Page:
I'm all about baking and learning from my mistakes. I've even posted about some mistakes and I tend to find mistakes in my baking to be a fun challenge. This Broiled White Free-Form Loaf happened as a mistake for James Beard and I thought I would give it a try!
Sometimes those bread baking mistakes are not that much fun! It occasionally happens to me when I'm baking homemade bread. A fumble here, a slight veer in the wrong direction there. In the end, there bread results turn out not so disastrous as I imagined they would. I may be frustrated because the process wasn't as easy as I had hoped it would be, but I keep going with hopes of sharing my results and maybe even inspiring a baker or two to even try the recipe and to not be afraid of yeast. People...yeast is not that scary. I promise. It isn't.
And this bread is not scary. At all! Have you ever set the oven to broil instead of bake? Honestly? Come on...tell me the truth! I will be totally honest and reveal that I have. But my results were not as glorious as James Beard's Broiled White Free Form Loaf. Thanks to his mistake, you could make this same bread.
That description is what propelled me to make this bread ASAP! Maybe you'll attempt it this weekend or even for the holidays. Maybe you'll bake your first yeast bread and no longer be afraid of yeast. Or maybe this is your 100th loaf and it's a different way than you usually bake your bread. The point is, baking bread is therapeutic. And with all that is happening in the world and in our personal lives, spending a 1/2 day dedicated to the production of a gorgeous loaf of bread is maybe what we all could use.
If you're new to baking and want to make your own white bread, this is a great recipe to start off with!
HOW DO YOU MAKE HOMEMADE WHITE BREAD?
1. In a large bowl, dissolve yeast in warm water.
2. Add the flour, salt, oil.
3. Mix together with dough hook, or by hand.
4. Turn onto a floured surface; knead until smooth and elastic, 8-10 minutes.
5. Place the dough in a buttered bowl and let rise.
6. Punch dough down.
7. Place on prepped baking sheet, cover and let rise until doubled in size.
8. Broil at 375 degrees for 20 minutes, then switch to “bake” for 25 minutes until golden brown, or until the loaf sounds hollow when tapped with the knuckles.
What exactly is proofing yeast? It's when you dissolve the yeast in warm water to make sure it is active and that it will work to make your bread rise.
HOW TO PROOF YEAST?
1. Let the yeast and water sit for a few minutes.
2. The water will dissolve the dry coating around the granules of the yeast, releasing the active yeast inside.
3. It takes about 10 minutes to really have the yeast bloom.
4. Some recipes ask for a pinch of a sugar to be added to the yeast and water. James Beard doesn't mention using sugar in this bread recipe.
*updated post from Jan 2014
- Broiled White Free-Form Loaf by Lora at Savoring Italy
- Buttermilk Honey Bread by Renee at Kudos Kitchen by Renee
- Country Boule with Spelt and Sourdough by Karen at Karen's Kitchen Stories
- Crumpets by Felice at All That's Left Are The Crumbs
- No Knead Bread from Holly at A Baker's House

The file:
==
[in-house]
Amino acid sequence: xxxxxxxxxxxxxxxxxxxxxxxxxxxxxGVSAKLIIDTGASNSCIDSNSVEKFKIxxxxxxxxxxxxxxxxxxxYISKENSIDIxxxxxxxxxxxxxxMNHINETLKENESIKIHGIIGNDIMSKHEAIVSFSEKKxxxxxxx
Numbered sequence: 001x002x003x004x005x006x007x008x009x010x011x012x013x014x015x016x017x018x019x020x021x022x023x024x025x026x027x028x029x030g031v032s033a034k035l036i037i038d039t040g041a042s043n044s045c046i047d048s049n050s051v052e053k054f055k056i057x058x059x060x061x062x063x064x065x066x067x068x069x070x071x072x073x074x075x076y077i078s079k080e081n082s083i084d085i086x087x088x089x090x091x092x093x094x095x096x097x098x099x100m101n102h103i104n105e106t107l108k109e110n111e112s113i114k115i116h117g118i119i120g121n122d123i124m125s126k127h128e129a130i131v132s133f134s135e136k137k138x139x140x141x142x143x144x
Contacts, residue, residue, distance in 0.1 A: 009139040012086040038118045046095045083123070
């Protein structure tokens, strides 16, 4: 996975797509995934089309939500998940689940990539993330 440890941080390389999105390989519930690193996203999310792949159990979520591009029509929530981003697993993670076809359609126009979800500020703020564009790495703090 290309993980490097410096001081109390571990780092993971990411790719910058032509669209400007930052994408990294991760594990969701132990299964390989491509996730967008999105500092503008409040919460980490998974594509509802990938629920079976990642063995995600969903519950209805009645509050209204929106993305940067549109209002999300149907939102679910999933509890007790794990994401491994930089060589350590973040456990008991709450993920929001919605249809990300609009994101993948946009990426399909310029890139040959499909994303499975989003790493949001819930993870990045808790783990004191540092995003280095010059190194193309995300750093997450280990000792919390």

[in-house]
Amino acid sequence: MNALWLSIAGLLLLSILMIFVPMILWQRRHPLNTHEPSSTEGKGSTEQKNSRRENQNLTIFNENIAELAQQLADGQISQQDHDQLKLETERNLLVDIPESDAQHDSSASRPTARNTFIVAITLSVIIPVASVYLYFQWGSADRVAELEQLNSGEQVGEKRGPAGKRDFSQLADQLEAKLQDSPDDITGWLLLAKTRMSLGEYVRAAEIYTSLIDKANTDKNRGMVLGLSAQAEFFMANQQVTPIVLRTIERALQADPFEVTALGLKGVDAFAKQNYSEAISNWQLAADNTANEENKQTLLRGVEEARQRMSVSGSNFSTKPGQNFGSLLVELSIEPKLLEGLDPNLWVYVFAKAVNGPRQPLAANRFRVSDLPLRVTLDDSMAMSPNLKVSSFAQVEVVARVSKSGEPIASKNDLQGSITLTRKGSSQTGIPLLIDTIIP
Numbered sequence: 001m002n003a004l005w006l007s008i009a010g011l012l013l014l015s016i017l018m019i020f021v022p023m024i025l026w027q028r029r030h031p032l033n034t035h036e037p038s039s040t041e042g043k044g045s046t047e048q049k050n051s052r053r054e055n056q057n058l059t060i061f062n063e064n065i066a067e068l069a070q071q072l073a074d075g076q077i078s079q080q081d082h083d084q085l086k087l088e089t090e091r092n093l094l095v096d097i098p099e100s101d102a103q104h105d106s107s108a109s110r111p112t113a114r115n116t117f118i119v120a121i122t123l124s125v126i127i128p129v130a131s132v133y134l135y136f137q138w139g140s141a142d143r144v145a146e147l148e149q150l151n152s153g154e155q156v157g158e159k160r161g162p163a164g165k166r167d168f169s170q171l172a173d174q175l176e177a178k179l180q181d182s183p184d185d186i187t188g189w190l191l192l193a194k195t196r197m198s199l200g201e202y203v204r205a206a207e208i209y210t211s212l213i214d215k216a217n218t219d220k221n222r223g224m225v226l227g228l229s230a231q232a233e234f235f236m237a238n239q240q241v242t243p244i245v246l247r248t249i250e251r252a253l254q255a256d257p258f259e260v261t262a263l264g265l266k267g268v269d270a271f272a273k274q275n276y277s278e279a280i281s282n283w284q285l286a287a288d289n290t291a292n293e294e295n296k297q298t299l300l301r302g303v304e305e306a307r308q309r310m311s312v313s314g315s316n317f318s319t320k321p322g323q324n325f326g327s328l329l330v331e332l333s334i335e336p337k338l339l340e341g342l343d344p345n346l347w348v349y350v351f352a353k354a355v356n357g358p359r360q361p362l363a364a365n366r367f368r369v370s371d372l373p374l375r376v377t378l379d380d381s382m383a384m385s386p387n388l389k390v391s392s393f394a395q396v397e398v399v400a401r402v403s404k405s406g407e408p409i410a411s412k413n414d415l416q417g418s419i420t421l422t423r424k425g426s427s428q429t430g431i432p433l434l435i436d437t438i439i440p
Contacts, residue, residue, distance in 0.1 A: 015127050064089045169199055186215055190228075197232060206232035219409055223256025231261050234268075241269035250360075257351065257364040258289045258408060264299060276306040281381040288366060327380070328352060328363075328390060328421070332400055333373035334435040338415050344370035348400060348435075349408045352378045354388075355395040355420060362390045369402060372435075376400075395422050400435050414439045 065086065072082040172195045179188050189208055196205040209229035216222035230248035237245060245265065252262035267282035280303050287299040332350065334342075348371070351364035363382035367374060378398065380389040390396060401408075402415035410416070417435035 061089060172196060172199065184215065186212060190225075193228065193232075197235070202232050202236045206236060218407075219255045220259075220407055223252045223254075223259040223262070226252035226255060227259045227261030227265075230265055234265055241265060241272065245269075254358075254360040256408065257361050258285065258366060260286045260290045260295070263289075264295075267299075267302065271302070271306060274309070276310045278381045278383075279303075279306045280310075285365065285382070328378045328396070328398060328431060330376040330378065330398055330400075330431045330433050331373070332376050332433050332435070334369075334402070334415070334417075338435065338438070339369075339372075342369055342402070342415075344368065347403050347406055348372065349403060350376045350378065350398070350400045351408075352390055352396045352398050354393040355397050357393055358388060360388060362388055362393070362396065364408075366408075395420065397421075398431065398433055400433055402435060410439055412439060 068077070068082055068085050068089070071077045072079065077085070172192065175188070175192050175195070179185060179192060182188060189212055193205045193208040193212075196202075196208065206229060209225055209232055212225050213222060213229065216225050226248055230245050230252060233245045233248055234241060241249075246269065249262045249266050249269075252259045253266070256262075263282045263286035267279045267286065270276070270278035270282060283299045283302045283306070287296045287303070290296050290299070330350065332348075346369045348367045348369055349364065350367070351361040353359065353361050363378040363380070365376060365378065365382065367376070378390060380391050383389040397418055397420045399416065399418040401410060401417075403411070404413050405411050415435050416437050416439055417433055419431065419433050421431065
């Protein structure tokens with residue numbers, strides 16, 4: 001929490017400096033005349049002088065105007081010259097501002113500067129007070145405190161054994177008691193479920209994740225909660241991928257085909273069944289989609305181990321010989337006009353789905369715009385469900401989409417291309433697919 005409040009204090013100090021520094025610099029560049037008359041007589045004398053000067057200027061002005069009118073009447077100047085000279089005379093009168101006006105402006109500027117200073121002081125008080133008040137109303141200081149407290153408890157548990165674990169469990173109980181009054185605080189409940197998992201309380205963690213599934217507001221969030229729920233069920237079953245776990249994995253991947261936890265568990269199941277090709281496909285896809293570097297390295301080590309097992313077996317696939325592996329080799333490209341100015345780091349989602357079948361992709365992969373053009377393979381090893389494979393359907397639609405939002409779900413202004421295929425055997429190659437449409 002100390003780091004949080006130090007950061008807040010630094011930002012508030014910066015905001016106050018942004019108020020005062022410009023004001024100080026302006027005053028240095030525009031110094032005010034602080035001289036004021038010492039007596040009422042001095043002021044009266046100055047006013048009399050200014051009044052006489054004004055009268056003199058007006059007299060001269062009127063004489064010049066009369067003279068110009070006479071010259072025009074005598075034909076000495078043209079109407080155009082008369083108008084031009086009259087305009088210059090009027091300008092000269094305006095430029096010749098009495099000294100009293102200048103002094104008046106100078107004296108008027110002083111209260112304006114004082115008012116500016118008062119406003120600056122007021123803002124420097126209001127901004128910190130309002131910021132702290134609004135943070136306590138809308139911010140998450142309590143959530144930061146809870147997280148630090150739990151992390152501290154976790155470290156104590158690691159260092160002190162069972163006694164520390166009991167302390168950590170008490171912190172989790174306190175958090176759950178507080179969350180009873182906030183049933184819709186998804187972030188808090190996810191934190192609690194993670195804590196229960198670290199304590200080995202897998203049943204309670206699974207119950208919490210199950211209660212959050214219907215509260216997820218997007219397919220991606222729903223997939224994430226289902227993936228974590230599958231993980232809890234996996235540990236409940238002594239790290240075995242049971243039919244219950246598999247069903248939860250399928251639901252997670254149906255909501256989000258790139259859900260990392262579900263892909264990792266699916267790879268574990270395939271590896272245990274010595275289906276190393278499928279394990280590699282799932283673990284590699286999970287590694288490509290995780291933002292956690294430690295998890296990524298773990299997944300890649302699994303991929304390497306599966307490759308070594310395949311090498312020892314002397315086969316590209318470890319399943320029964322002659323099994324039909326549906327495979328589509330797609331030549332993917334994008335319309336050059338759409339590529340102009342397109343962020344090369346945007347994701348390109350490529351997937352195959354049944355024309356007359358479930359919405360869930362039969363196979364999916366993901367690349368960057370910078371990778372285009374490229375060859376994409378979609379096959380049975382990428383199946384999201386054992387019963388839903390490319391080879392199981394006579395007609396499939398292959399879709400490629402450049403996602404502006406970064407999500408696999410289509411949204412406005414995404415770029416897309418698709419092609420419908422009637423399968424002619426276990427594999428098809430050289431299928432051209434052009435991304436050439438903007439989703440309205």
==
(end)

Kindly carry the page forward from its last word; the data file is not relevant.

- No-Knead Christmas Pudding Cinnamon Rolls by Stacy at Food Lust People Love
- Pumpkin Bread by Alice at Hip Foodie Mom
- Soda Bread by Rossella at Ma che ti sei mangiato
- Sour Cream Drop Biscuits by Renee at Magnolia Days
- Sweet Potato Fry Bread by Anne at From My Sweet Heart
- Victorian Milk Bread by Deepti at Bakingyummies
- Whole Wheat and Molasses Quick Bread by Liz at That Skinny Chick Can Bake
#TwelveLoaves was a monthly bread baking party created by Lora from Savoring Italy.
I am sharing this bread with Yeastspotting
This is the book where I got the recipe: Beard on Bread. It has 100 super recipes. For a novice baker, this could be the only book you'll need to begin with!
Broiled White Free-Form Loaf
- 2 packages active dry yeast
- ¾ cup warm water 100 to 115 degrees, approximately
- 4 cups unbleached all-purpose flour
- 1 Tbsp. coarse salt
- 3 Tbsp. olive vegetable, or peanut oil
- ½ cup buttermilk
- 1 egg white beaten with 1 tablespoon water
- Dissolve the yeast in the warm water and let it proof. Measure the flour into a mixing bowl, add the salt, and blend well. Add the oil, and then, gradually, the buttermilk. Mix with the hands or in an electric mixer with a dough hook until the dough comes off the bowl.
- Turn out onto a lightly floured board and knead for 10 minutes, until the dough is smooth and resilient. Remove to a buttered bowl and turn to coat the surface with butter. Cover and let rise until doubled in bulk.
- Punch the dough down, knead for 3 minutes, and let rise once more. Punch down again, then, using both hands, gather the dough into a big circular package, draw the top together to close it, and pinch the ends together.
- Turn the dough over, and set it, pinched-end side down, on a baking sheet sprinkled with cornmeal, and let rise until doubled in bulk. (Cornmeal may be sprinkled on the top, too, for an extra accent.)
- Slash the top in three places and brush with the egg wash.
- Broil at 375 degrees for 20 minutes, then switch to “bake” for 25 minutes, or until the loaf sounds hollow when tapped with the knuckles. (If your broiler has no setting, place the bread as far as possible from the unit and watch carefully. You may have to switch from “broil” to “bake” more quickly.)
- Remove the loaf from the baking sheet and let it rest directly on the oven rack for a few minutes to brown the bottom.
- Cool on a rack.
Please keep in mind that the nutritional information presented below is an approximation and may vary depending on the exact ingredients used.